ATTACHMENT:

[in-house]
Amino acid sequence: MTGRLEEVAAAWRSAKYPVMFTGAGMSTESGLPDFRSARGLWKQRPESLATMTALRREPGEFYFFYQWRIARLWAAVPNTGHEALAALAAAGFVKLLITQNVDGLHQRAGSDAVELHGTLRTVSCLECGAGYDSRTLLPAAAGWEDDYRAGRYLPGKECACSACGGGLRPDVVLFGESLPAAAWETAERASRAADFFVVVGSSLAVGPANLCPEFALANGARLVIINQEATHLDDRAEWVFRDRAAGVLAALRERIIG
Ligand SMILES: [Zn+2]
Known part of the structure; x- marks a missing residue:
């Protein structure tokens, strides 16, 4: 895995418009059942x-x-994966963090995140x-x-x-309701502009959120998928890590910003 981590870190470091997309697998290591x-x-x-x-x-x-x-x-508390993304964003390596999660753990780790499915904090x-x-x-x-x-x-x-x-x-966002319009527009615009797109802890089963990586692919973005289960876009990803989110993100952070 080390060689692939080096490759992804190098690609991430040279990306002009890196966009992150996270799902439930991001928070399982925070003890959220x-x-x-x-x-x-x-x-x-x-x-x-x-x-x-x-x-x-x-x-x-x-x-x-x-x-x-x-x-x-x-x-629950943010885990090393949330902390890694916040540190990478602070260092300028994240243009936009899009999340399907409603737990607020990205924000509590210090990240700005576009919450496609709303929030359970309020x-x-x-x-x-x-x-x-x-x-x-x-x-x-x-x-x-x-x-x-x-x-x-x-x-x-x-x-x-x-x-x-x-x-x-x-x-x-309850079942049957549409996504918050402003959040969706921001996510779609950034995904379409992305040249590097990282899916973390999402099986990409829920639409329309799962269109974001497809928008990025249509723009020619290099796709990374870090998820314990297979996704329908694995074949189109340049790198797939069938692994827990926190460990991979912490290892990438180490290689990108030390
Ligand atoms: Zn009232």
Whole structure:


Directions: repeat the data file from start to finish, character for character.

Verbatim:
[in-house]
Amino acid sequence: MTGRLEEVAAAWRSAKYPVMFTGAGMSTESGLPDFRSARGLWKQRPESLATMTALRREPGEFYFFYQWRIARLWAAVPNTGHEALAALAAAGFVKLLITQNVDGLHQRAGSDAVELHGTLRTVSCLECGAGYDSRTLLPAAAGWEDDYRAGRYLPGKECACSACGGGLRPDVVLFGESLPAAAWETAERASRAADFFVVVGSSLAVGPANLCPEFALANGARLVIINQEATHLDDRAEWVFRDRAAGVLAALRERIIG
Ligand SMILES: [Zn+2]
Known part of the structure; x- marks a missing residue:
């Protein structure tokens, strides 16, 4: 895995418009059942x-x-994966963090995140x-x-x-309701502009959120998928890590910003 981590870190470091997309697998290591x-x-x-x-x-x-x-x-508390993304964003390596999660753990780790499915904090x-x-x-x-x-x-x-x-x-966002319009527009615009797109802890089963990586692919973005289960876009990803989110993100952070 080390060689692939080096490759992804190098690609991430040279990306002009890196966009992150996270799902439930991001928070399982925070003890959220x-x-x-x-x-x-x-x-x-x-x-x-x-x-x-x-x-x-x-x-x-x-x-x-x-x-x-x-x-x-x-x-629950943010885990090393949330902390890694916040540190990478602070260092300028994240243009936009899009999340399907409603737990607020990205924000509590210090990240700005576009919450496609709303929030359970309020x-x-x-x-x-x-x-x-x-x-x-x-x-x-x-x-x-x-x-x-x-x-x-x-x-x-x-x-x-x-x-x-x-x-x-x-x-x-309850079942049957549409996504918050402003959040969706921001996510779609950034995904379409992305040249590097990282899916973390999402099986990409829920639409329309799962269109974001497809928008990025249509723009020619290099796709990374870090998820314990297979996704329908694995074949189109340049790198797939069938692994827990926190460990991979912490290892990438180490290689990108030390
Ligand atoms: Zn009232």
Whole structure: